About halfway through her second year, I made the call and weaned my baby. I was so conflicted about this decision. When I'd call her over to nurse, she'd climb up on my lap and giggle excitedly while she waited. It was the sweetest thing in the world. I am 100% in support of extended breastfeeding. But I needed a break after something like 3.5 years of being pregnant, nursing, or both. I wanted a few months to myself before trying for #3. We did it slowly and gently, and she handled it great. All was well.
Warm weather is so fun with little ones! Libs got great at climbing playground equipment meant for much older children and freaking out everyone around her.

She's really good at freaking out adults who don't spend a lot of time around her, and constantly think she's going to plummet to her death any minute. Really, I watch this little daredevil all the time. She's capable of a lot, and while she went through a phase of bonking her head on everything all the time, she made it through that with just one set of stitches and no concussions. And she has a lot of confidence in her abilities as a result.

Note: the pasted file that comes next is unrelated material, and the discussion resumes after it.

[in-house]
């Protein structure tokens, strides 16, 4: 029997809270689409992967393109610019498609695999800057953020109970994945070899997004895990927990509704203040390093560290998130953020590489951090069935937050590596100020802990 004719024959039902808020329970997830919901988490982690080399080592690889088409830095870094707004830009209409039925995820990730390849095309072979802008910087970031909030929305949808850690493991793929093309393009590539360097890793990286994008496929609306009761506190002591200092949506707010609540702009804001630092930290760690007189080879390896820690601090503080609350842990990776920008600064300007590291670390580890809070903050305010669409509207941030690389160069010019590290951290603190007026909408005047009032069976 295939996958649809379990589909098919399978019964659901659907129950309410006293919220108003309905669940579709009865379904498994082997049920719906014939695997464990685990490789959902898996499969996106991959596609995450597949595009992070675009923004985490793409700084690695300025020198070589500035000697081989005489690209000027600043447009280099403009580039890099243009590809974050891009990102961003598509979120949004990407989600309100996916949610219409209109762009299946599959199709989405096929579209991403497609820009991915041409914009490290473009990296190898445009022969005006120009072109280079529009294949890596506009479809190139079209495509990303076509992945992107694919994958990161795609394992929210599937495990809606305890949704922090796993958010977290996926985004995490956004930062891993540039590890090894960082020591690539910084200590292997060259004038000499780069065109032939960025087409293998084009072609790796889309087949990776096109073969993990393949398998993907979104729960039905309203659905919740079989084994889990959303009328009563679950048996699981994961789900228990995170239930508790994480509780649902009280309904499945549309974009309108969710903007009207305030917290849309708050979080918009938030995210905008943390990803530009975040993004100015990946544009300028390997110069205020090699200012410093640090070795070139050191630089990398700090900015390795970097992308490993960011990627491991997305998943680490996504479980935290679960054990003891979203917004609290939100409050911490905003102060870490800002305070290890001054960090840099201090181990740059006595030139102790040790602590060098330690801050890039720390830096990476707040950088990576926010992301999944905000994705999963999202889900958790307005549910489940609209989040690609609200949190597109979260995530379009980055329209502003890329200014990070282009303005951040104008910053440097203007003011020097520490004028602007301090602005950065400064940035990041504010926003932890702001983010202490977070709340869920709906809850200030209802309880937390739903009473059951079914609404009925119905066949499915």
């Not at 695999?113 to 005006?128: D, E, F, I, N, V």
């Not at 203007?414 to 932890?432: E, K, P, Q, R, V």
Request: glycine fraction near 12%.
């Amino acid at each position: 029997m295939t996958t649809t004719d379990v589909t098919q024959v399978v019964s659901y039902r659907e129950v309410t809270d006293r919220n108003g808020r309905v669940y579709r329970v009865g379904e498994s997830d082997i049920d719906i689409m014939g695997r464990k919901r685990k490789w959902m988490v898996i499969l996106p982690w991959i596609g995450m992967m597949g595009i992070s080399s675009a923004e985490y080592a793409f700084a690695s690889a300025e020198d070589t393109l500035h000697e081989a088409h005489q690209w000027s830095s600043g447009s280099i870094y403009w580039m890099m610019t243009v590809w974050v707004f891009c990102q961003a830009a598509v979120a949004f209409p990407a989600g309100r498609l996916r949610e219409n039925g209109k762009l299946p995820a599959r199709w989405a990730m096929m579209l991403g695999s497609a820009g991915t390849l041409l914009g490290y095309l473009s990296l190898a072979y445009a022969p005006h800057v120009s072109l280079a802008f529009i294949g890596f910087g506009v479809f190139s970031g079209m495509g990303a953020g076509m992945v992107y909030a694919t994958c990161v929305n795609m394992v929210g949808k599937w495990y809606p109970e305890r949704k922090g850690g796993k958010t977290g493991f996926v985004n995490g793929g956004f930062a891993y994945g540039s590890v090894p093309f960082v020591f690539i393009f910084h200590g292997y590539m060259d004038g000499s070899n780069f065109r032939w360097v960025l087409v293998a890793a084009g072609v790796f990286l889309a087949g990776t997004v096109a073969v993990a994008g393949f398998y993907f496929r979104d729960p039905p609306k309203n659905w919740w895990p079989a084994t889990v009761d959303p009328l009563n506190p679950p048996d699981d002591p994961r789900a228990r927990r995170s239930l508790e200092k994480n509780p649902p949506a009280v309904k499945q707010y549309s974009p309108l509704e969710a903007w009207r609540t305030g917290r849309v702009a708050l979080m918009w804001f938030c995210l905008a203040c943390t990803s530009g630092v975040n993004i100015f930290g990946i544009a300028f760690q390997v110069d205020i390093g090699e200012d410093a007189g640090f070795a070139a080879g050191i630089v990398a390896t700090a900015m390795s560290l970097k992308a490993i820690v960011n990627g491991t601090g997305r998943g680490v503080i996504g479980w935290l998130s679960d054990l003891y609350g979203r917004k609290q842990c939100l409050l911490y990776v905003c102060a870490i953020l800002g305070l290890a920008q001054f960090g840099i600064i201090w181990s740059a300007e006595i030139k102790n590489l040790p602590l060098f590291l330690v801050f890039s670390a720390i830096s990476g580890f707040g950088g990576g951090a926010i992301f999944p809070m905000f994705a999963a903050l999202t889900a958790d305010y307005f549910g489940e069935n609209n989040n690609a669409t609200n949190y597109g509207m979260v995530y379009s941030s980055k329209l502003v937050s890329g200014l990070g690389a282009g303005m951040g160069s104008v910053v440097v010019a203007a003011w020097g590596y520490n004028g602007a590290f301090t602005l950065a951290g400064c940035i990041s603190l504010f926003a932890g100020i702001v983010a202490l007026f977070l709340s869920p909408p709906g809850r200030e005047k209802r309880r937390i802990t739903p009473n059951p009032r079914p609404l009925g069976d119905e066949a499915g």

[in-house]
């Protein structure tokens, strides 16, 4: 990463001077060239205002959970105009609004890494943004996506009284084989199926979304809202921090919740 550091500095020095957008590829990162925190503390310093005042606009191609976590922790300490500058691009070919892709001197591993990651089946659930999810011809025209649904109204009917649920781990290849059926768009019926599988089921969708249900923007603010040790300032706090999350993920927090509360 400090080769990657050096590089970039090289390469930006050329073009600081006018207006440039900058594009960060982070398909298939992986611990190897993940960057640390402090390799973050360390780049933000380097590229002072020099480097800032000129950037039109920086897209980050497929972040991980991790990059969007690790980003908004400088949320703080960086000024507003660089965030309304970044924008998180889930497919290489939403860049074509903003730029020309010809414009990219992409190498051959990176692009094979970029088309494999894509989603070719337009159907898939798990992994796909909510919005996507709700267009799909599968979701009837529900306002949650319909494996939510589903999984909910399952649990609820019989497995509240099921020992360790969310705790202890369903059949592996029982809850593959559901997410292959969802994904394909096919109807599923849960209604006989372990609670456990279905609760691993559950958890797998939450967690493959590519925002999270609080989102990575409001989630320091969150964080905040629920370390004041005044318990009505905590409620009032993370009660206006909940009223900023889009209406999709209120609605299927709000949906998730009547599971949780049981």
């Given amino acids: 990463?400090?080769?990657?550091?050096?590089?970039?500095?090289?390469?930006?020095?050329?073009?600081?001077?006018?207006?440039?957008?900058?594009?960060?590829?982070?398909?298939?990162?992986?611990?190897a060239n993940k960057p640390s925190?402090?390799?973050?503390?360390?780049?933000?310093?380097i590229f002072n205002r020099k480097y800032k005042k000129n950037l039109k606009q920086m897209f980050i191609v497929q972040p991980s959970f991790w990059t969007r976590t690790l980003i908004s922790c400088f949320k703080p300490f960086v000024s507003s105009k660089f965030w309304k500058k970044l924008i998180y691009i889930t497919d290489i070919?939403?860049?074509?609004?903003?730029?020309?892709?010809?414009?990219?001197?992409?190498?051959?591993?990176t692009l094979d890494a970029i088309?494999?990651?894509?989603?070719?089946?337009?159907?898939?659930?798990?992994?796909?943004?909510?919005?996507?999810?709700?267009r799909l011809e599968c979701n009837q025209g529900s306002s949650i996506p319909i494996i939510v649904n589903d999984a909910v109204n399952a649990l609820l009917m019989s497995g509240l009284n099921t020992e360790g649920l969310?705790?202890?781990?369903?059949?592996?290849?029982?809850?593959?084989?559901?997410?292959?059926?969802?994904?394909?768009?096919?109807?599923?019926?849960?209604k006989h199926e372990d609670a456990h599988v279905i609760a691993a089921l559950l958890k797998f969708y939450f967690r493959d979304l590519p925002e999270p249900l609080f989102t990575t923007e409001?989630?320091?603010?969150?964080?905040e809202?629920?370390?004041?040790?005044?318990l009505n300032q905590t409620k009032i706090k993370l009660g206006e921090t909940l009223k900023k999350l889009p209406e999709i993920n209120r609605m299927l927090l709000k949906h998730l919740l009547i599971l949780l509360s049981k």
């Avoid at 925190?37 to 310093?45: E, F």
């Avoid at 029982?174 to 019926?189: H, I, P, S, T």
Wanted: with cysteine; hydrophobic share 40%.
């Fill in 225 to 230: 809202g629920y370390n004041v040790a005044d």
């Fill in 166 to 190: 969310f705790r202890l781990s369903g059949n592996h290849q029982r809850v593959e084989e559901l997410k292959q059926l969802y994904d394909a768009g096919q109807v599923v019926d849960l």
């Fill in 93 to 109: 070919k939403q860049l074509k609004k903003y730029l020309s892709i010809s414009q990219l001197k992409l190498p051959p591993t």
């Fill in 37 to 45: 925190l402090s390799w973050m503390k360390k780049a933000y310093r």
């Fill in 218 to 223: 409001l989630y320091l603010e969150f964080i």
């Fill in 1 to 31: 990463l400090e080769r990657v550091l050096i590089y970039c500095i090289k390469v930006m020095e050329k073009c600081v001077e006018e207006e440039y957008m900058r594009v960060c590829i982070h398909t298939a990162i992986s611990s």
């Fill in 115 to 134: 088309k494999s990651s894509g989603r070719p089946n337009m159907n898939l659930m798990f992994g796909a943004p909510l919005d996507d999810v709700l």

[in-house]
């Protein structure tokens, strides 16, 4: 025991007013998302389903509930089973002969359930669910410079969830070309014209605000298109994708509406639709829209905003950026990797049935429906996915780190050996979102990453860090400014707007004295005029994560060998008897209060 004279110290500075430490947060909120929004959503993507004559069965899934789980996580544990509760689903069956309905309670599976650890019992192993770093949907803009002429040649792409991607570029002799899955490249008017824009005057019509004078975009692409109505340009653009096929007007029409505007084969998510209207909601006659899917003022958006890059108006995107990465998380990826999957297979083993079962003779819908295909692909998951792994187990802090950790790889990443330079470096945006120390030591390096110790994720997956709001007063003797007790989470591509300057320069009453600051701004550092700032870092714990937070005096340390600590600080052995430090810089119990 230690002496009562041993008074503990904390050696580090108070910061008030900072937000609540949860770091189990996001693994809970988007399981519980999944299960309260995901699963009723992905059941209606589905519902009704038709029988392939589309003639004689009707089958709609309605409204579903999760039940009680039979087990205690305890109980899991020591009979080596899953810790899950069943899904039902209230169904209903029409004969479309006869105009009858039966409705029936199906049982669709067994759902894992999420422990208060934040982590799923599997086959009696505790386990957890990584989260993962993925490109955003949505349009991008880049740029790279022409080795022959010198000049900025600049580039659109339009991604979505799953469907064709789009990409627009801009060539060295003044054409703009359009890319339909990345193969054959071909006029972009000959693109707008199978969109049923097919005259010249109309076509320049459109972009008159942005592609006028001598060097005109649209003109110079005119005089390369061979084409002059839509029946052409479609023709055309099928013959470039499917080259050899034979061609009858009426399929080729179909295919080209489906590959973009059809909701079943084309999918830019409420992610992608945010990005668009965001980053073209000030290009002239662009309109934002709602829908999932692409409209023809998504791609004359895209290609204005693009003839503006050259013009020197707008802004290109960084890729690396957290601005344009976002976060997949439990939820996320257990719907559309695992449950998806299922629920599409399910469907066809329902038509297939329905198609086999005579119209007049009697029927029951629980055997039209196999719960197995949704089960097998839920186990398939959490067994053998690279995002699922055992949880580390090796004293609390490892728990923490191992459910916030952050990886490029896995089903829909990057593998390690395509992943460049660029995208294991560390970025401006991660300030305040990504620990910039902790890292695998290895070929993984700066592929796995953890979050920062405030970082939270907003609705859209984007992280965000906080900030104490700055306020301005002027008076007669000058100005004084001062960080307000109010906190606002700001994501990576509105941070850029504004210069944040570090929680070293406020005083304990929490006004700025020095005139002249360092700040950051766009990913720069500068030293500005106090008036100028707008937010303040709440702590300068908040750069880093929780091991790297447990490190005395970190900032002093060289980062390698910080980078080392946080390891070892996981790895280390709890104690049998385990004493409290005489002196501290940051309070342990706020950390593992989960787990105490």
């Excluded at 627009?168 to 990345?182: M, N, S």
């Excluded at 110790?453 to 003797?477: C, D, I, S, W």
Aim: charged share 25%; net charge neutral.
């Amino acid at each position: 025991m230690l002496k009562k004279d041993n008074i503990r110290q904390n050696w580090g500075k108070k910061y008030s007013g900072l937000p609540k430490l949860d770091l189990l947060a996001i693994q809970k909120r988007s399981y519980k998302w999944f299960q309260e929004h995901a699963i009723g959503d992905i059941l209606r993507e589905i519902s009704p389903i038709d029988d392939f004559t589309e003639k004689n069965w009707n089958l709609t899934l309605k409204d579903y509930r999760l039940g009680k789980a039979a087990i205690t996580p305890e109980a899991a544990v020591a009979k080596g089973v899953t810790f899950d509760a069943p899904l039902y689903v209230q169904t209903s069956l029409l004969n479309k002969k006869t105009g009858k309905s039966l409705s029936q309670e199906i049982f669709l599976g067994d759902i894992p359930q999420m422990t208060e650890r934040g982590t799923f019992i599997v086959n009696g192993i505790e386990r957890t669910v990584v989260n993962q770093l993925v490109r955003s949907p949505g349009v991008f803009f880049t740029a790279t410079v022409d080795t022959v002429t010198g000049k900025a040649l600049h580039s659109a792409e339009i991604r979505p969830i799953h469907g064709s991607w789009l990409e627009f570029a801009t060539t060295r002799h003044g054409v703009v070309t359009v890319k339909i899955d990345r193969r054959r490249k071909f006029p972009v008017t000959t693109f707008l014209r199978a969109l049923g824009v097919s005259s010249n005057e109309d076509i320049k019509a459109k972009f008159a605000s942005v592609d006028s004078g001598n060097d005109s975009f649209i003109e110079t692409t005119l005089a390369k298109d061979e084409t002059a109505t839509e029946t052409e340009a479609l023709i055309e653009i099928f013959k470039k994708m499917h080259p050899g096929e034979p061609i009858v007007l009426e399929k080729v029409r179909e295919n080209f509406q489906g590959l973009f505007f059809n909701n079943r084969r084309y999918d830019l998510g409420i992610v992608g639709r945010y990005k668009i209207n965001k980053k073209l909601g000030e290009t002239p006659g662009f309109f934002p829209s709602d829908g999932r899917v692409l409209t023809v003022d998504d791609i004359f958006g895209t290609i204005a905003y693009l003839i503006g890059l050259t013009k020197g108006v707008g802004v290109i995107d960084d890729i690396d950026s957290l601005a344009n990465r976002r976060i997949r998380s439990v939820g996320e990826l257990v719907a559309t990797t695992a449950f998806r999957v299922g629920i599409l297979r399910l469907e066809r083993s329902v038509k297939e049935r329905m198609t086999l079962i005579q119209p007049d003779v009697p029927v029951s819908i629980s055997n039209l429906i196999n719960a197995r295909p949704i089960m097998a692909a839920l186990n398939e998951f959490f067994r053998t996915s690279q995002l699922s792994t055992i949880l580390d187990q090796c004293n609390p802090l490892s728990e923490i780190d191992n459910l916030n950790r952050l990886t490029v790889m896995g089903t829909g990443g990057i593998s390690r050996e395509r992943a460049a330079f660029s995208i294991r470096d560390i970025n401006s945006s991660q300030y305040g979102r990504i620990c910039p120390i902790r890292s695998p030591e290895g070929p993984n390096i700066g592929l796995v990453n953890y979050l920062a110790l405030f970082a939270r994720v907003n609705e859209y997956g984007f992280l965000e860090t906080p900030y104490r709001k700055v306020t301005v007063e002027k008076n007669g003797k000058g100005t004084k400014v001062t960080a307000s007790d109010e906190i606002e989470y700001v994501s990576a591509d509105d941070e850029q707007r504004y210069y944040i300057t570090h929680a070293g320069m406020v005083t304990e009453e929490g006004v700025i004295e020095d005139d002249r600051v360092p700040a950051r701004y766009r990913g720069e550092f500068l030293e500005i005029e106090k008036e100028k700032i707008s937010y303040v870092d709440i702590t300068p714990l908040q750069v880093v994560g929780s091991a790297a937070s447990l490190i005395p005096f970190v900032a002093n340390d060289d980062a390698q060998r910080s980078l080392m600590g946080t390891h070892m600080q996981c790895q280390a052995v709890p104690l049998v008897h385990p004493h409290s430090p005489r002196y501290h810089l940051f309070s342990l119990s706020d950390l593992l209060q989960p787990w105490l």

I love this picture of my Libby covered in dirt. That's pretty much how we spent April-September.

We travelled across the country and spent 6 weeks at Grammies this summer, and the girls loved it. They love their New Hampshire family: Grammie & Grampa Jack, who she lovingly calls 'Bangy' and 'Pa-Ka', Grampa Gene (Pa-Ka Gene), lots of aunts and uncles, and cousins EJ & Ari, Elizabeth, and Keelia.

She loved the ocean, and all the swimming we got to do!
Fall has been a little bit of blur of moving into a new house, holidays, and right now, re-sleep training.